Despite these facts, the economics profession has continued touting its education story, which confuses correlation and causation. Wages of college-educated persons grew fairly normally over the last thirty years, but wages of those with less than a college degree fell. Ergo, the increase in income inequality was positively correlated with educational attainment, but returns to education were normal and not the cause of increased inequality.
The education story has been popular because it serves the social and political purposes of the powerful and favored. First, it implicitly blames the victims for their plight. Workers are responsible for their condition, having been too stupid or lazy to finish high school and go to college. With glib ease, Washington â€œsuitsâ€ can then dismiss amazingly skilled welders, mechanics, and blast furnace operators as unskilled. Second, the education story allays fears about globalization and rising corporate power because these supposedly have little to do with rising inequality, which is instead attributed to skill-rewarding technological change. Third, investing in education provides a convenient solution for elite policymakers. Fourth, the education story is consistent with the dominant economic theory of income distribution, and therefore saves that theory.
That dominant theory (known as marginal productivity theory) claims that free markets ensure that workers are not exploited and are paid their contribution to production. The logic is that markets prevent exploitation since a firm that wonâ€™t pay a worker her contribution will find that worker poached away by another firm that is willing pay slightly more.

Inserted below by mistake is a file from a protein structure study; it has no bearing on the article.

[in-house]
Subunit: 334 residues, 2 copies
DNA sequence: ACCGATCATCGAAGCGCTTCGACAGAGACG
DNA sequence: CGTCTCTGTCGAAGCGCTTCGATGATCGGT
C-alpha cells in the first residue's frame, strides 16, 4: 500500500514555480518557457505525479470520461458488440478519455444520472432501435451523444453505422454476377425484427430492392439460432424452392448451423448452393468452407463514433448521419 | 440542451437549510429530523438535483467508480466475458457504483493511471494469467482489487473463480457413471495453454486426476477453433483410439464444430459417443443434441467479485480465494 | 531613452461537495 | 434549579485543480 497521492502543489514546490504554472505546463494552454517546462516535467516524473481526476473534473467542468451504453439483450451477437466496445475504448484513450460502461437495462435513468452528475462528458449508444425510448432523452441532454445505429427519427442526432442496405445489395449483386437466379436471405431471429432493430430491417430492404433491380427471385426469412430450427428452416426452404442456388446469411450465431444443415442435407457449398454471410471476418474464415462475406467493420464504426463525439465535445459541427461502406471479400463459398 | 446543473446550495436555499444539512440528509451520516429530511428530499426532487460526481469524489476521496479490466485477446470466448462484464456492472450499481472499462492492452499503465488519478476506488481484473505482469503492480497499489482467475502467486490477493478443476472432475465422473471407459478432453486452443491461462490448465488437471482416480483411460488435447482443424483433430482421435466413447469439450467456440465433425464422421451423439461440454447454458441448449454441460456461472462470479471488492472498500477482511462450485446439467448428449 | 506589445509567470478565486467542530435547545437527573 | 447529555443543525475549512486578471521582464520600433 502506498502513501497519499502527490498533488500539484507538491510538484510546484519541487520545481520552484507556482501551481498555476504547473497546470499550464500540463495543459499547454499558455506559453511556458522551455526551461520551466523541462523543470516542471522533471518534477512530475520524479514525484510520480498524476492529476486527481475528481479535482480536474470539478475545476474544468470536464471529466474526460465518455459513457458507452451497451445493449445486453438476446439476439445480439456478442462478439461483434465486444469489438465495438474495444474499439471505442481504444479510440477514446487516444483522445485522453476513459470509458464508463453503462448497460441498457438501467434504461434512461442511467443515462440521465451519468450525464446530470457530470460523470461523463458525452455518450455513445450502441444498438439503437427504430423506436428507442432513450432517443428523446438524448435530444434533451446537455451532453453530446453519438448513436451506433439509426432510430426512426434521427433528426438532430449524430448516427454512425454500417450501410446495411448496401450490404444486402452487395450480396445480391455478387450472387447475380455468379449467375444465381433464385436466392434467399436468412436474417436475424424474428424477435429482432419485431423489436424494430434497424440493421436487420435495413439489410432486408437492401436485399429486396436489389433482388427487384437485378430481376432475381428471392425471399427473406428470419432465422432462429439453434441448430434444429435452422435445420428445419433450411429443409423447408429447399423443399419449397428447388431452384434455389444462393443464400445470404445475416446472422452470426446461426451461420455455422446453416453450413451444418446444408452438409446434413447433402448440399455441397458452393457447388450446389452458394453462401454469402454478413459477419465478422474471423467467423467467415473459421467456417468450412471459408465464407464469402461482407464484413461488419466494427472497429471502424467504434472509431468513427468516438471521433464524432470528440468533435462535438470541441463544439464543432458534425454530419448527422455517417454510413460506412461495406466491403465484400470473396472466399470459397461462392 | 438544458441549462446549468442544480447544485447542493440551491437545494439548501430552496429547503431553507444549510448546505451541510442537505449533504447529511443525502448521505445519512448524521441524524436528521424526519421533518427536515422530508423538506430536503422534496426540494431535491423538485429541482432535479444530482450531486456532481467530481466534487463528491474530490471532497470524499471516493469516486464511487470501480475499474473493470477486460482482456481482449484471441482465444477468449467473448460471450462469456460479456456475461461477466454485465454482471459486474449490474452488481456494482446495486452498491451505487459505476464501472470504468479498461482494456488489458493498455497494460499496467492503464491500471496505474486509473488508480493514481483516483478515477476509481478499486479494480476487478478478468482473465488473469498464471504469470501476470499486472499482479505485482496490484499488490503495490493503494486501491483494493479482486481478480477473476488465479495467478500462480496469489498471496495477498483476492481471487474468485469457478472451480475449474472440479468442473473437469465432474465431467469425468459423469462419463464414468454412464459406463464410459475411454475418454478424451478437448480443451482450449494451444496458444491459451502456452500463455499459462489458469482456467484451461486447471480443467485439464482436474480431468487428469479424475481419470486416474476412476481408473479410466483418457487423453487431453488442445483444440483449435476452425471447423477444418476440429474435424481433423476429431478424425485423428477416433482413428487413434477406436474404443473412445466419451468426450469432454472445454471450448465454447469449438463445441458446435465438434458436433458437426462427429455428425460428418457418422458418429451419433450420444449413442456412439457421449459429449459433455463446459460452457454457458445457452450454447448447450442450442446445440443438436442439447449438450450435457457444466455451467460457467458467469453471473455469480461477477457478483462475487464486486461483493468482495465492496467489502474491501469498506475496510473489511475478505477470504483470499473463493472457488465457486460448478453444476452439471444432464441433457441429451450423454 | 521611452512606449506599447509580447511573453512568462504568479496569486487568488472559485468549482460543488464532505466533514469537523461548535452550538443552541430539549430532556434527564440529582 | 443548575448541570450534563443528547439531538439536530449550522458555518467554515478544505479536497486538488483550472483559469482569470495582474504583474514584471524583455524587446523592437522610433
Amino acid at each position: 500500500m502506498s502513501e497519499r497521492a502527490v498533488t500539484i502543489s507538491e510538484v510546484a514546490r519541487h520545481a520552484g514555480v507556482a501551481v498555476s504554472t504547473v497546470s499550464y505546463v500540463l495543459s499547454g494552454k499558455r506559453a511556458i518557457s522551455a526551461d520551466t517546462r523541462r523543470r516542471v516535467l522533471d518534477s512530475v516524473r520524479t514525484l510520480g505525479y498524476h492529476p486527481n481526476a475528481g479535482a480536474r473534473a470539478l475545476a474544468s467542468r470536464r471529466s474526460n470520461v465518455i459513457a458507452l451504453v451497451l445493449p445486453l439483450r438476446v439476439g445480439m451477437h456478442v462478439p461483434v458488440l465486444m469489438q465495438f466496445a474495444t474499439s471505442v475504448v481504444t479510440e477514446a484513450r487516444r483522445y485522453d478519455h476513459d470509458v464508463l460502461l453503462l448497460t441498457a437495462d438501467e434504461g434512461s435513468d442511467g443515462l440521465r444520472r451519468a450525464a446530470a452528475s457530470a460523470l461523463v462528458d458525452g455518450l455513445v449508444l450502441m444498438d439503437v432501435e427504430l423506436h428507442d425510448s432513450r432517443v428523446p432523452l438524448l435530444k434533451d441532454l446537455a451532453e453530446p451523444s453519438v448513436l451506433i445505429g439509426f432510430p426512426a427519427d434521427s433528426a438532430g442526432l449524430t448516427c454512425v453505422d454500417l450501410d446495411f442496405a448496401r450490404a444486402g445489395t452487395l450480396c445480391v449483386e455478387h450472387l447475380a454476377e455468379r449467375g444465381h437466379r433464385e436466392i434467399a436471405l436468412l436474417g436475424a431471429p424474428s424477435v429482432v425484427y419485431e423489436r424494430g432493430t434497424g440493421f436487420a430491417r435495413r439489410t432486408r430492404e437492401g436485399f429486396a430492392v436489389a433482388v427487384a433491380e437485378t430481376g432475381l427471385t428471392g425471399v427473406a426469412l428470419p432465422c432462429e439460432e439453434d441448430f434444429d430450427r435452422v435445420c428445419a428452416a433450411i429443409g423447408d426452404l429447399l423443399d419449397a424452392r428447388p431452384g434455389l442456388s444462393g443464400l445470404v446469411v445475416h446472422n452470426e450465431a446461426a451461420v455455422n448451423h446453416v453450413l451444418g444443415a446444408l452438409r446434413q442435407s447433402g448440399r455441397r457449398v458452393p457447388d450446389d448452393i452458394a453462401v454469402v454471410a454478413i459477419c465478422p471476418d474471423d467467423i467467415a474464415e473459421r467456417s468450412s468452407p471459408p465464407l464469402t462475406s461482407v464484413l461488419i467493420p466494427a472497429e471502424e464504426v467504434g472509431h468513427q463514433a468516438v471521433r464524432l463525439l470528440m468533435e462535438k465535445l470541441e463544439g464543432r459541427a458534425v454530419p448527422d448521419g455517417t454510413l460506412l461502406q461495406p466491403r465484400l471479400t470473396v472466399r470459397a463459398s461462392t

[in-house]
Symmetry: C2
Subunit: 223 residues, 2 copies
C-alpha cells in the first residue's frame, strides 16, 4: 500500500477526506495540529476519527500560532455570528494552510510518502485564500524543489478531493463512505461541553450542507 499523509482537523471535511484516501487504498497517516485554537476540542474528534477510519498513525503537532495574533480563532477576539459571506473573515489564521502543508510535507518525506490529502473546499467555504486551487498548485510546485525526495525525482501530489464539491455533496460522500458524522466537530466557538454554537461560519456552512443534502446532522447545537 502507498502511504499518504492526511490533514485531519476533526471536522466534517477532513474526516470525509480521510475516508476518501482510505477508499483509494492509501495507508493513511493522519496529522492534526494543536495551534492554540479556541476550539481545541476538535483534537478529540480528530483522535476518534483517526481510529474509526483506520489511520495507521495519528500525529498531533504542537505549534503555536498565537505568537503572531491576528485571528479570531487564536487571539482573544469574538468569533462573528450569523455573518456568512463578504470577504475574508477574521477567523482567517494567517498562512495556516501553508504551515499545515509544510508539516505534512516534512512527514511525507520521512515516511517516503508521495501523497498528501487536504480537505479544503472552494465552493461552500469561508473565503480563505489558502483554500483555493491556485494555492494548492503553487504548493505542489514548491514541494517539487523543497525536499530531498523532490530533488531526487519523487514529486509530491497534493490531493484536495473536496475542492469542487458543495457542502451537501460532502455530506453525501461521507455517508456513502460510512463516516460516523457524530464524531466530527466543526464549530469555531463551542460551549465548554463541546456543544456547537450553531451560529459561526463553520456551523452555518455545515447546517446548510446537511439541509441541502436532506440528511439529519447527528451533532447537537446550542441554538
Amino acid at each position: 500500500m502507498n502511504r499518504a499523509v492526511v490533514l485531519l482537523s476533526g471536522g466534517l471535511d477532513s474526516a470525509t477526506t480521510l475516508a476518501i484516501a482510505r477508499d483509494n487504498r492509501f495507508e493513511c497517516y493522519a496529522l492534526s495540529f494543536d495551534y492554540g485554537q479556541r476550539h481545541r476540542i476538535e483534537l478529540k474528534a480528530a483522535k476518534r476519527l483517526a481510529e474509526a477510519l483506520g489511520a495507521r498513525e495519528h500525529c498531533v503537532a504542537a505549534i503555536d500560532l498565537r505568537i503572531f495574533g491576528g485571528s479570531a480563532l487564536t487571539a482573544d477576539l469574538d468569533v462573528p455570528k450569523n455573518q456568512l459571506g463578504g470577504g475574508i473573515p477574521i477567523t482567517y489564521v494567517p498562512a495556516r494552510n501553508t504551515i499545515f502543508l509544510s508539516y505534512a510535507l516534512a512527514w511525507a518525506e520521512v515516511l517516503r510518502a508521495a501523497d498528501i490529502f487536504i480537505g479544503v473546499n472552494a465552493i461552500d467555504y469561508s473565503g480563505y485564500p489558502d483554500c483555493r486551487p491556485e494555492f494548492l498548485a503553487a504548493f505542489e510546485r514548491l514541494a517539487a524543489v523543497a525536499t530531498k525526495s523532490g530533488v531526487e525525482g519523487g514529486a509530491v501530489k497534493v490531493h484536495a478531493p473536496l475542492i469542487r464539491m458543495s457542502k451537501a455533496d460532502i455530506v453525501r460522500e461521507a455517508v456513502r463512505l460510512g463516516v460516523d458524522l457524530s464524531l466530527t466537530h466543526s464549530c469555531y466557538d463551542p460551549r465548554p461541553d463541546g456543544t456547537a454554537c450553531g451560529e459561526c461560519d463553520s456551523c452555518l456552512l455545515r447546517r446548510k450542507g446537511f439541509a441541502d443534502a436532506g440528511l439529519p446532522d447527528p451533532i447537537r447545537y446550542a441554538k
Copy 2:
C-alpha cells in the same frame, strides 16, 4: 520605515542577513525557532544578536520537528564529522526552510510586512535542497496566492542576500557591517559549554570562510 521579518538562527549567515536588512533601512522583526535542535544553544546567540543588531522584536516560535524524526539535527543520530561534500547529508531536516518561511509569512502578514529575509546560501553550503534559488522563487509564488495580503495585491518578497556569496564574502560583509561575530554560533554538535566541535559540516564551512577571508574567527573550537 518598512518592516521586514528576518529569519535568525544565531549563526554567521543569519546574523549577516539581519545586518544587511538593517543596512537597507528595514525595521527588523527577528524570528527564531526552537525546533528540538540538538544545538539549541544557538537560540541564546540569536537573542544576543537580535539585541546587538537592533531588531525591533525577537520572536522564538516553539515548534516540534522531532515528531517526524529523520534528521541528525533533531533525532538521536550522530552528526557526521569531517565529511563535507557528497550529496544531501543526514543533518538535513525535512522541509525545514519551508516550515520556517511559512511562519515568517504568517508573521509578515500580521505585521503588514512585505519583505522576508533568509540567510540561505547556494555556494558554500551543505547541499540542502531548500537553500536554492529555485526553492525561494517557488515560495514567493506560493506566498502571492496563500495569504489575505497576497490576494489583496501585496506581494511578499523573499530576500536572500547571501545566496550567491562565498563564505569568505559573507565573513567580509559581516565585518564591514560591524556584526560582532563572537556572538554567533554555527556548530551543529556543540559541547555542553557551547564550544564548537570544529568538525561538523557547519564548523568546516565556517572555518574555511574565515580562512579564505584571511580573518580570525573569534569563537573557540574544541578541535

The education hypothesis fits neatly with this theory. The claim is that technology has increased the productivity of more educated workers, and firms operating in competitive markets have therefore increased wages of these workers. The only problem is the facts donâ€™t fit the theory. Returns to education have not been stellar and cannot explain the pattern of wage and income change that has occurred.
The marginal product theory of economists has always appealed to the elite, being a combination of explanation and justification of income distribution. Free markets pay workers what they are worth, justifying wages and explaining them. Furthermore, free markets prevent exploitation, making unions and minimum wages unnecessary. Indeed, the theory allows the rich and powerful to claim that these essential worker protections are bad and increase unemployment by pricing workers out of jobs.
The conventional economic theory of income distribution has always been a stretch. Like beauty, a workerâ€™s contribution is in the eye of the beholder, which raises the question of whose eye. It has now become clear that the theory does not explain the worsening of income distribution. That means another theory is needed â€“ one that admits the role of power, institutions, and socially created perceptions of who adds value. Rather than skilled welders and machinists needing retraining, it is economists that need re-training and re-education.
Copyright Thomas I. Palley